Aladdin and Lion King – Disney’s 16-bit gold
Disney were flying high in the mid 90’s. A golden era that brought us some of their most loved classic movies. Disney struck a deal with Virgin Interactive to bring games to Mega Drive, SNES and other platforms. The partnership led to three games, Aladdin, The Jungle Book and The Lion King. Aladdin and The Lion King have been released on the Switch and Retro Faith is seeing how these new ports hold up.
Back in the mid-90’s Disney could do no wrong. Instant classics Aladdin and The Lion King performed well at the box office and created a new generation of Disney fans. We were also blessed with high quality platform games to accompany our new favourite heroes. Aladdin was critically acclaimed by reviewers and voted best Mega Drive title of 1993 by several publications. It is also the third best-selling Mega Drive game behind Sonic and Sonic 2.
26 years later Aladdin still feels like a top game. The swashbuckling, carpet riding antics of the titular character remain as fun today as it always was. Gorgeous animation and fantastic music bring the silver screen to your handheld screen. If you have watched the film you will notice many set pieces lovingly recreated in this platform masterpiece. You jump and sword fight your way through multiple levels that fill the screen. Magic lamps and ropes guide you while antagonist Jafar’s henchmen battle to stop you.
The team behind Aladdin was headed up by David Perry of Earthworm Jim fame. He had been pulled from The Jungle Book development to start work on this new film tie-in. Disney lent support in the shape of art direction to make sure the sprites looked like the film characters. The collaboration has led to arguably the best looking game based on a movie. You feel like the streets of Agrabah have come to life and as Aladdin’s trousers blow in the wind you know this is a special game.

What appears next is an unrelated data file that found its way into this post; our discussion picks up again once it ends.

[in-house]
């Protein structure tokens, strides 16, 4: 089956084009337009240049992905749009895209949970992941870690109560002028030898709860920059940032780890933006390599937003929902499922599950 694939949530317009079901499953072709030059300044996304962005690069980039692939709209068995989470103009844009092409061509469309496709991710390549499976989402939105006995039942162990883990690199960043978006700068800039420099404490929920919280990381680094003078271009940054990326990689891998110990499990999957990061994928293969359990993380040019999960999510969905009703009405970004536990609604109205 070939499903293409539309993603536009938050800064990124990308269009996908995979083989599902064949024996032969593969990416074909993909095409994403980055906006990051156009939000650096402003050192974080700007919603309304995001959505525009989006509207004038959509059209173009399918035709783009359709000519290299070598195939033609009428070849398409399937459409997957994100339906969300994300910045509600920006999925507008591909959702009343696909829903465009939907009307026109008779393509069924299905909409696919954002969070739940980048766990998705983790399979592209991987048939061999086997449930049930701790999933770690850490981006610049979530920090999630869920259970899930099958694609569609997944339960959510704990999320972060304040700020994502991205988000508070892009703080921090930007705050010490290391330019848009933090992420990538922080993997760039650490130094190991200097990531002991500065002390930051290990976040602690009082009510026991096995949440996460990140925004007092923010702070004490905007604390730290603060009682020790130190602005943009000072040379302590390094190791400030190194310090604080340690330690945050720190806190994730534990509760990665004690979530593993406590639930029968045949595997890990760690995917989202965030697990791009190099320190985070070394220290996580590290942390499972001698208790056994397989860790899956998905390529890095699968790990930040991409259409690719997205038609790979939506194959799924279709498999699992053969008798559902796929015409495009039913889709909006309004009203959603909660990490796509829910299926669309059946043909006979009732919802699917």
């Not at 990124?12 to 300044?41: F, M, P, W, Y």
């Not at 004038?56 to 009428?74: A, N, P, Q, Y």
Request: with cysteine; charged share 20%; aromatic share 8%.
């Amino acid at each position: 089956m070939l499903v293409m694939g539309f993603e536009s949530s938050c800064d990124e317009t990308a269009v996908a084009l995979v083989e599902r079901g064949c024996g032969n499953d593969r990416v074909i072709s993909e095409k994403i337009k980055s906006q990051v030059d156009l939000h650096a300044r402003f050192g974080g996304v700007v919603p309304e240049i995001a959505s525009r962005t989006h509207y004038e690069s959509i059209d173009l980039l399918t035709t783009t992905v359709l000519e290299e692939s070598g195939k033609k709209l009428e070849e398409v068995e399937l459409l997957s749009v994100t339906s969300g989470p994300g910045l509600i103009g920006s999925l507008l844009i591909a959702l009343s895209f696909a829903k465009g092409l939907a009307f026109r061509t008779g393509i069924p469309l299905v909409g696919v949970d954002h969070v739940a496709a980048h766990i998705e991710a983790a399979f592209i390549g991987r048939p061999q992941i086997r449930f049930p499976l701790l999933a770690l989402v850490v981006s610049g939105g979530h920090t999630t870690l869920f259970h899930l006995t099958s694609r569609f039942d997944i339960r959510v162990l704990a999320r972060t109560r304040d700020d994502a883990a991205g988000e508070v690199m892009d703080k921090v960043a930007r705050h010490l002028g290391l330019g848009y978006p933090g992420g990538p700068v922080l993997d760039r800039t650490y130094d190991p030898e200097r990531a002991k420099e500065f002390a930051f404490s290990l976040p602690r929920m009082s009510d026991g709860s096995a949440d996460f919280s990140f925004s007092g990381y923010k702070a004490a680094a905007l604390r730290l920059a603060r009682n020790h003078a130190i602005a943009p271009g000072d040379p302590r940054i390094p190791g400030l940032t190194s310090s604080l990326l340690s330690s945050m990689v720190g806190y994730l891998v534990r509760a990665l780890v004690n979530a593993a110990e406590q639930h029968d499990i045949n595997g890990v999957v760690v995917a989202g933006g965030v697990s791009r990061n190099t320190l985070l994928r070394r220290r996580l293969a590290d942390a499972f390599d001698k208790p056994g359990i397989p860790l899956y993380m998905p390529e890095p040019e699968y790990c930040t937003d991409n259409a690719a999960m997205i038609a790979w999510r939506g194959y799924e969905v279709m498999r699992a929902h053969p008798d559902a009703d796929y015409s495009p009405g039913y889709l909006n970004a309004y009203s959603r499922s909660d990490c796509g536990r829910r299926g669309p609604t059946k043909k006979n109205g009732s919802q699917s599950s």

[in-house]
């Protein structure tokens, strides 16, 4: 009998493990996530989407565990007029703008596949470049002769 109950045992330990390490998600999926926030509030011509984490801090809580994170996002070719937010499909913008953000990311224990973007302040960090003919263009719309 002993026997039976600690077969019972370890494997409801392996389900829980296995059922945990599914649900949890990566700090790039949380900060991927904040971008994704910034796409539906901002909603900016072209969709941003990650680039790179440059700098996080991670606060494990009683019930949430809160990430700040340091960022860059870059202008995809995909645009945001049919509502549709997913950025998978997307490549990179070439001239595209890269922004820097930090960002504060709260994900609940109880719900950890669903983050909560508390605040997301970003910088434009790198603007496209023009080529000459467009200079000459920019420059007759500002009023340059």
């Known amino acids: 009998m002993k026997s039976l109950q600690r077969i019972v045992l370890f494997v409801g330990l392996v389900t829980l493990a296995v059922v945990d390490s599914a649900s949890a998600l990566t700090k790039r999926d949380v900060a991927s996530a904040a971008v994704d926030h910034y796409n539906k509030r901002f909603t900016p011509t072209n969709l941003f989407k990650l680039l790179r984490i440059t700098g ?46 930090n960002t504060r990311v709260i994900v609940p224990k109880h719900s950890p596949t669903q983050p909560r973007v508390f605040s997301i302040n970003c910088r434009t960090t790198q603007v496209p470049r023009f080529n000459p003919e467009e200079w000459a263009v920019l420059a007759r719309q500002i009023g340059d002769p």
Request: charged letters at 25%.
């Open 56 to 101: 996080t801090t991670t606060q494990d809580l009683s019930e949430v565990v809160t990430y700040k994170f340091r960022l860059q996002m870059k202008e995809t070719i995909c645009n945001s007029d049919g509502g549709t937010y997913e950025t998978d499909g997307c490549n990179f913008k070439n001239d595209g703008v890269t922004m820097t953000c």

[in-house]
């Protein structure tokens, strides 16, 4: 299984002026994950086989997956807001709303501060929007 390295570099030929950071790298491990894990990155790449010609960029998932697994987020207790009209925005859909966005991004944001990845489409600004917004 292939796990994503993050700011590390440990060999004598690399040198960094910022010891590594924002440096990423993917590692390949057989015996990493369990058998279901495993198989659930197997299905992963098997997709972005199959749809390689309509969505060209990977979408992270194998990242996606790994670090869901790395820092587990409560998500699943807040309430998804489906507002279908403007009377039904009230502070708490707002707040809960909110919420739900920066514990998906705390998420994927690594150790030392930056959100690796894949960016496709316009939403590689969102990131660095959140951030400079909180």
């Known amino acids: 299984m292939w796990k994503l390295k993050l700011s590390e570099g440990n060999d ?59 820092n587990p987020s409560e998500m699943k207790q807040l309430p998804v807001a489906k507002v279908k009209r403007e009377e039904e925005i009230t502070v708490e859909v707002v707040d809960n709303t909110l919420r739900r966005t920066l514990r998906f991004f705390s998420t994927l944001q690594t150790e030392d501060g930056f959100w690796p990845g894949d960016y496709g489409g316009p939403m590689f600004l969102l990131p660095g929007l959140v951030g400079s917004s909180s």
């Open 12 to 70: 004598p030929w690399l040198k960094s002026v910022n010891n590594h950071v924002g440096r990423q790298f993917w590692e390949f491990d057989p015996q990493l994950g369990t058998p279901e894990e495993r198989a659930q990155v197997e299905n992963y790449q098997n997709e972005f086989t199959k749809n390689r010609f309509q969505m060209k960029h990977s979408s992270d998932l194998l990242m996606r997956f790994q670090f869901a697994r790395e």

Controlling Aladdin is a joy, you can jump high, throw apples and swing your sword around in several different ways. It feels effortless whizzing around or taking your time to uncover a new secret. The set pieces bring out the best of the gameplay with magic carpet rides and volcanic boulders just two of the amazing devices used to bring the film to life. Some levels are tough but never unfair and you will improve with each playthrough.
If you do not wish to complete this game in the traditional way a handy rewind feature is on hand. We found ourselves using this modern tool during a couple of tricky parts like the carpet ride sections and final showdown with Jafar. Is it cheating? Probably, but then many gamers playing this today will have beaten this over 20 years ago. Accepting a helping hand once in a while certainly keeps the frustration level down.
Between levels you are greeted with bonus rounds that reward lives and points. The excellent rounds feature Abu, Aladdin’s monkey friend, collecting gems as pots or rocks fall. The only negative we find playing this game is a lack of moments with the genie. The late, great Robin Williams’ beloved character only has a few cameos here and there although there is a level inside the lamp that is very fun.